I worked at Chiat/Day since we were nothing but a sleazy office on Olympic Boulevard and our lunch consisted of whatever rodent was being offered that day off of the burrito cart in the parking lot, which, for some reason, makes me think of David Butler.
David. Dave. Davey. In all of my years at C/D, he was the nicest person I ever worked with (except for you, of course.)
There was a time in this business when the "long copy" ad ruled. By "long copy," I mean a strong graphic, a headline and then copy so brilliant it would blow your head off. David usually contributed the latter two.
I first got into advertising by a circuitous means, the whole flashback of which I will spare you. But even though I was starving in Spokane, WA, as a junior copywriter (there was no senior copywriter - hey, wait a minute, I was the ONLY copywriter!), I would pore over the issues of Communication Arts Magazine just to read the ads that were coming out of C/D, most of which were pouring out of the mind of David Butler. He was my hero. I wanted to work near him so bad I would be willing to bleed.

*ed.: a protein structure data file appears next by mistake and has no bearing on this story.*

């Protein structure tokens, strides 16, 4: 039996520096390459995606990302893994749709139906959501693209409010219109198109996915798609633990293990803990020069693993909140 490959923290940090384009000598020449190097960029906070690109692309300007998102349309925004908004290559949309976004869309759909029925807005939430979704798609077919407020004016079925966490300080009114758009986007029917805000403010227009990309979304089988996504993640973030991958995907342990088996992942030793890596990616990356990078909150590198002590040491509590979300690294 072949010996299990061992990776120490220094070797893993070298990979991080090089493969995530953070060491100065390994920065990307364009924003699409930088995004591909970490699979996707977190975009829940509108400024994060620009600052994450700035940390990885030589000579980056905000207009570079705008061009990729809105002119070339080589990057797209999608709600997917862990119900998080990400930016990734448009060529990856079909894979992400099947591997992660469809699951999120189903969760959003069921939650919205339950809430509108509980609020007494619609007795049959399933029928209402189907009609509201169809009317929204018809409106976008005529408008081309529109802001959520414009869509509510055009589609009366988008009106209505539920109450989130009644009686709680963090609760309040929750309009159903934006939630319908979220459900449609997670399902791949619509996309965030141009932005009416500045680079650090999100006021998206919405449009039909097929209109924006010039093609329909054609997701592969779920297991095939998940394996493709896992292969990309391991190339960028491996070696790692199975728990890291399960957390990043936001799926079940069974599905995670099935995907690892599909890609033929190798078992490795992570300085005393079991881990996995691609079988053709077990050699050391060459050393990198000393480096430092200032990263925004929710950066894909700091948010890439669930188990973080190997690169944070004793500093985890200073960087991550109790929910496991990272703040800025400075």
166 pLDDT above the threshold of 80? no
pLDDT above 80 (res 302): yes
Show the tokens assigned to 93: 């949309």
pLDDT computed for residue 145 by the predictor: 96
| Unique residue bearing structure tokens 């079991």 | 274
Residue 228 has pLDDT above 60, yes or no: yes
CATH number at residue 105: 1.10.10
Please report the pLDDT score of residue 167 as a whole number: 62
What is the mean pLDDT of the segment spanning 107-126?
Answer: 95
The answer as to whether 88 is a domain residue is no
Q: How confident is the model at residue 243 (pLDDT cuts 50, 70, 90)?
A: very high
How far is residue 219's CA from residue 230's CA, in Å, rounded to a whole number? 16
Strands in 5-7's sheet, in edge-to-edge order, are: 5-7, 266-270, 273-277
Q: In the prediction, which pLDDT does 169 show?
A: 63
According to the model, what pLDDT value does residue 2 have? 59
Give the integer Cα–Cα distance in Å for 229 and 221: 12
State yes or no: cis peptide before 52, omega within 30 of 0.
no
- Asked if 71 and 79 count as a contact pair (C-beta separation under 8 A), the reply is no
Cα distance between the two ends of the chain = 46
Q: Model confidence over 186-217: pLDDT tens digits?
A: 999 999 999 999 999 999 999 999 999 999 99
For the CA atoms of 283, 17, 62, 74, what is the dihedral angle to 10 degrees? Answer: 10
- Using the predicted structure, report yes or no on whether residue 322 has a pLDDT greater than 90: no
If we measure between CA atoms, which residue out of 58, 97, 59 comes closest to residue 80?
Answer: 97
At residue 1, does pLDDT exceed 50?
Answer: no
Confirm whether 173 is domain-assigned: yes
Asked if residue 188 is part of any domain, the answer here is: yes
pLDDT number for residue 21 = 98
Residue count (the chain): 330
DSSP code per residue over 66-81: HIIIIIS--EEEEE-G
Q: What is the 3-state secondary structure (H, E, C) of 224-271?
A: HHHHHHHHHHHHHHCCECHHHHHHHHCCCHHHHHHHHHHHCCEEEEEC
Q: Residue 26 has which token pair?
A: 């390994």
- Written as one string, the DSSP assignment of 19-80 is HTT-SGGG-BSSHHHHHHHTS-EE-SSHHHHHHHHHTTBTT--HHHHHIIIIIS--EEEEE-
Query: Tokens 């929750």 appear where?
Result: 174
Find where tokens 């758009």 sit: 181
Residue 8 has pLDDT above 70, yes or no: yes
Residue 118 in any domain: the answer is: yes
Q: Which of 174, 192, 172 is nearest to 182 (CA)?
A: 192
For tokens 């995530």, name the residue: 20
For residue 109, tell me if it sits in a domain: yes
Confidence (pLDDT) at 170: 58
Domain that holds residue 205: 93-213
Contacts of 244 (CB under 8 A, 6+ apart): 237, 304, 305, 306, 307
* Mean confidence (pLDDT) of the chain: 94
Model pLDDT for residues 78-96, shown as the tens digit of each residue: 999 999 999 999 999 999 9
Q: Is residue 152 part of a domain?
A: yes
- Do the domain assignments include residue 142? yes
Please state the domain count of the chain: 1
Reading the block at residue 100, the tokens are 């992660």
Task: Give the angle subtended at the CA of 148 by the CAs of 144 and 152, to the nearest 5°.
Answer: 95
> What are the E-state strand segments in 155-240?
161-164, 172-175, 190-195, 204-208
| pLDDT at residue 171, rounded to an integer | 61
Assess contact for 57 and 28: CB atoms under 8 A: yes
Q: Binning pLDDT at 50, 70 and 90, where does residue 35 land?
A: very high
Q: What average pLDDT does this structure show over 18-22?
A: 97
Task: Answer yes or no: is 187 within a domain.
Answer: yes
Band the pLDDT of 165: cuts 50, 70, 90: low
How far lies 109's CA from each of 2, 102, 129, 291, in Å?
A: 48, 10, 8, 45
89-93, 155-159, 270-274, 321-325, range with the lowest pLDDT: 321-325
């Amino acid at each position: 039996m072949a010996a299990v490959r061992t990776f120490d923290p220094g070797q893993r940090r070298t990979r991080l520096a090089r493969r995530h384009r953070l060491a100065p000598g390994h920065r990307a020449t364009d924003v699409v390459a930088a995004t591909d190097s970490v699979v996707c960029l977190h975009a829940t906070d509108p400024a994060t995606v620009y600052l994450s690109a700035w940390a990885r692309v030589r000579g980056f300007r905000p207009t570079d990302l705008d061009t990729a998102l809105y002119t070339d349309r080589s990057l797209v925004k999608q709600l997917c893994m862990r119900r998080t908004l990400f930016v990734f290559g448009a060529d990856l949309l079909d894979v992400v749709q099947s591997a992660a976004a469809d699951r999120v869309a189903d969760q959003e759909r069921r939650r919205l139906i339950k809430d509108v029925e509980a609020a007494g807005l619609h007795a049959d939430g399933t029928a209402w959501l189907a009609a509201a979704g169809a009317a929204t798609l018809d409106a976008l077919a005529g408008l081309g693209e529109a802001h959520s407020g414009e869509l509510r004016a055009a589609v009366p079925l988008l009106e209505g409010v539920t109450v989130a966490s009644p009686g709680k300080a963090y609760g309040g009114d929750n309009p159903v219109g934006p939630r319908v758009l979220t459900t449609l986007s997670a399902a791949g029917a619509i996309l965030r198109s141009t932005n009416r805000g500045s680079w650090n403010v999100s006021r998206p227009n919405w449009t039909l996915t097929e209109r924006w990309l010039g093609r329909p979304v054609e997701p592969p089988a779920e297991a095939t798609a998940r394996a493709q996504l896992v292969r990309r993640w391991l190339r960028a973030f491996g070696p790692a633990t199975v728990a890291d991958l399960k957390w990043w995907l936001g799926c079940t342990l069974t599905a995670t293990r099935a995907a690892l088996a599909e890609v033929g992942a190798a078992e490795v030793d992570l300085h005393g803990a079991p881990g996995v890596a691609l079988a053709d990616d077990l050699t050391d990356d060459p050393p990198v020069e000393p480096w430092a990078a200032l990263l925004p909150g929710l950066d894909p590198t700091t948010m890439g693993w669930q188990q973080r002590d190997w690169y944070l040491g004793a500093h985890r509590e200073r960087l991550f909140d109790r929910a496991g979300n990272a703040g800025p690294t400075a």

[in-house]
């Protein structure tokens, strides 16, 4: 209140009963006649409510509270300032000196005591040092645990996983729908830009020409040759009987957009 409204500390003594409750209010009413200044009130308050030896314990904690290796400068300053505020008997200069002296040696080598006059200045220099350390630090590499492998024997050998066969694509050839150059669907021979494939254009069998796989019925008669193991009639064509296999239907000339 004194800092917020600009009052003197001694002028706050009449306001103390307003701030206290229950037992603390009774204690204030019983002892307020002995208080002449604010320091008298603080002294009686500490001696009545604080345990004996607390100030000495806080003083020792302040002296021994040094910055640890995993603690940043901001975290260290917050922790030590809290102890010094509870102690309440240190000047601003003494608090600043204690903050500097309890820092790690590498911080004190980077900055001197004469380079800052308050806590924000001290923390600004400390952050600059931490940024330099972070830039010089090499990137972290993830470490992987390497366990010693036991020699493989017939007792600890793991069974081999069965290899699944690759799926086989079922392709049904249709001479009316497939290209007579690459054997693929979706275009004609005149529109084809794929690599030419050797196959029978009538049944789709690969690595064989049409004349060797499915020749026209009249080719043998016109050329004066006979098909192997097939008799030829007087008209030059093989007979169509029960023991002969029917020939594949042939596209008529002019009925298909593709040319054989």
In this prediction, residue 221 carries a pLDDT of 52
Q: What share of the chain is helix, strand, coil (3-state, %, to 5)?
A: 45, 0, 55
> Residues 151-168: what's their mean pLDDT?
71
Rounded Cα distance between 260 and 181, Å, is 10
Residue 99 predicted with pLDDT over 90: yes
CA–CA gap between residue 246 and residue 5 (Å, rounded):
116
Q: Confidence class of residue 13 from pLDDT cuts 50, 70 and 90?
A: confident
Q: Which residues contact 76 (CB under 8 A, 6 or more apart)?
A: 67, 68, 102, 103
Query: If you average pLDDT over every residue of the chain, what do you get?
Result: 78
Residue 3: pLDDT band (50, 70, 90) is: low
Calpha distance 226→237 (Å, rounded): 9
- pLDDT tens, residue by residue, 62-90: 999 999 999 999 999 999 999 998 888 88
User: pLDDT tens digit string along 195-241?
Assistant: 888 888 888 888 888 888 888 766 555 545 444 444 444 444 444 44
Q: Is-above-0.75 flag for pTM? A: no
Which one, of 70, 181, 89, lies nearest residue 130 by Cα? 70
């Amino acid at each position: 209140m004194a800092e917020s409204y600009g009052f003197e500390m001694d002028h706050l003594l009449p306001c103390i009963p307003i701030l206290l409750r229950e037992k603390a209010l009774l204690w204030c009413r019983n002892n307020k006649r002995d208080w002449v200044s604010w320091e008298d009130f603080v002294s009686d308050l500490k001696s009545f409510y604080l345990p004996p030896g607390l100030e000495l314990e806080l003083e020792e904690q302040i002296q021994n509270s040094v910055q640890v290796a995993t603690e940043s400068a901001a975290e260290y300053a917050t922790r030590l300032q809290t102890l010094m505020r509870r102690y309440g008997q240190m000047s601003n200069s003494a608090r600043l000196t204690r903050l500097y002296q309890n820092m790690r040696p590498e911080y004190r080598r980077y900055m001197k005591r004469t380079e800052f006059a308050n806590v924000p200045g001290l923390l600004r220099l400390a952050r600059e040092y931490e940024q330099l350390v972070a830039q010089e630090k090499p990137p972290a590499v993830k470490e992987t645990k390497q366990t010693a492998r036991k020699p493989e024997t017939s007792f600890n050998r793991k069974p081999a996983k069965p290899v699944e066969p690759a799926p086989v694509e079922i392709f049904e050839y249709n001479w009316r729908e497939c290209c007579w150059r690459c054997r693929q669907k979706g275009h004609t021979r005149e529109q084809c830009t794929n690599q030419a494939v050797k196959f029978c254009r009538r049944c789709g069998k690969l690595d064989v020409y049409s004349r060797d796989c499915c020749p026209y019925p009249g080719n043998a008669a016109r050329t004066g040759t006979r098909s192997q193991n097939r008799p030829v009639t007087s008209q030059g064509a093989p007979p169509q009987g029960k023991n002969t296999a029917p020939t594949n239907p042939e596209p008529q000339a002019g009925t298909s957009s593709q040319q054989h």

I ultimately got to work at C/D through a bit of stupid luck. (Bless you, Sharon Stanley.) And there, right down the hallway from my office, was David Butler. I mean this in all honesty, he is the most talented person with whom I have ever worked.
And now let's talk about where David got his talent. Some of it was inherited, for David Butler is the son of Dawes Butler, one of the most famous voice-over artists in history: Dawes Butler.
What is little known is that David's father was one of the great cartoon voice-overs in history. All that time we were growing up and listening to Yogi and Huckleberry Hound, we were actually listening to Dave's father, Dawes Butler.